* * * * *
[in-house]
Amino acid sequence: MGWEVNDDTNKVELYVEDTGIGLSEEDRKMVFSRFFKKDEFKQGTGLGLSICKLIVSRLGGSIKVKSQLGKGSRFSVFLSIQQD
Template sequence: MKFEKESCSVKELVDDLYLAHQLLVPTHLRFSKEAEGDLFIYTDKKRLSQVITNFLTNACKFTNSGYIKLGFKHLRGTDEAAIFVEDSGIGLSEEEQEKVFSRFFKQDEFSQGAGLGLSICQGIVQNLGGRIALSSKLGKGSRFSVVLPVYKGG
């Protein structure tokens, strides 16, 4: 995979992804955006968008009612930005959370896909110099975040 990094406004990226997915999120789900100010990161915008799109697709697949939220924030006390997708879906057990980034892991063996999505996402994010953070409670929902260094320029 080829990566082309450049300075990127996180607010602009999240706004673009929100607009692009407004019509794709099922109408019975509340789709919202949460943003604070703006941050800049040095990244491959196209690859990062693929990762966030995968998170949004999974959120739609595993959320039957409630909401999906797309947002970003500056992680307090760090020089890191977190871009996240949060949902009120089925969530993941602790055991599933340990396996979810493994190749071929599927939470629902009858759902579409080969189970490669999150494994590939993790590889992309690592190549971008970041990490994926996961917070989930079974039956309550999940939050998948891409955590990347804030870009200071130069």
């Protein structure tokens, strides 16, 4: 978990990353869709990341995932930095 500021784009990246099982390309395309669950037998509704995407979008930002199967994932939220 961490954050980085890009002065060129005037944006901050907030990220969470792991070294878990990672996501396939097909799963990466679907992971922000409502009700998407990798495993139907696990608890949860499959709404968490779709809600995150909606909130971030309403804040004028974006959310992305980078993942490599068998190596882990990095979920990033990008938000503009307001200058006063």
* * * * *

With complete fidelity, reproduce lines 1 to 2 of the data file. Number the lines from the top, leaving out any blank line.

[in-house]
Amino acid sequence: MGWEVNDDTNKVELYVEDTGIGLSEEDRKMVFSRFFKKDEFKQGTGLGLSICKLIVSRLGGSIKVKSQLGKGSRFSVFLSIQQD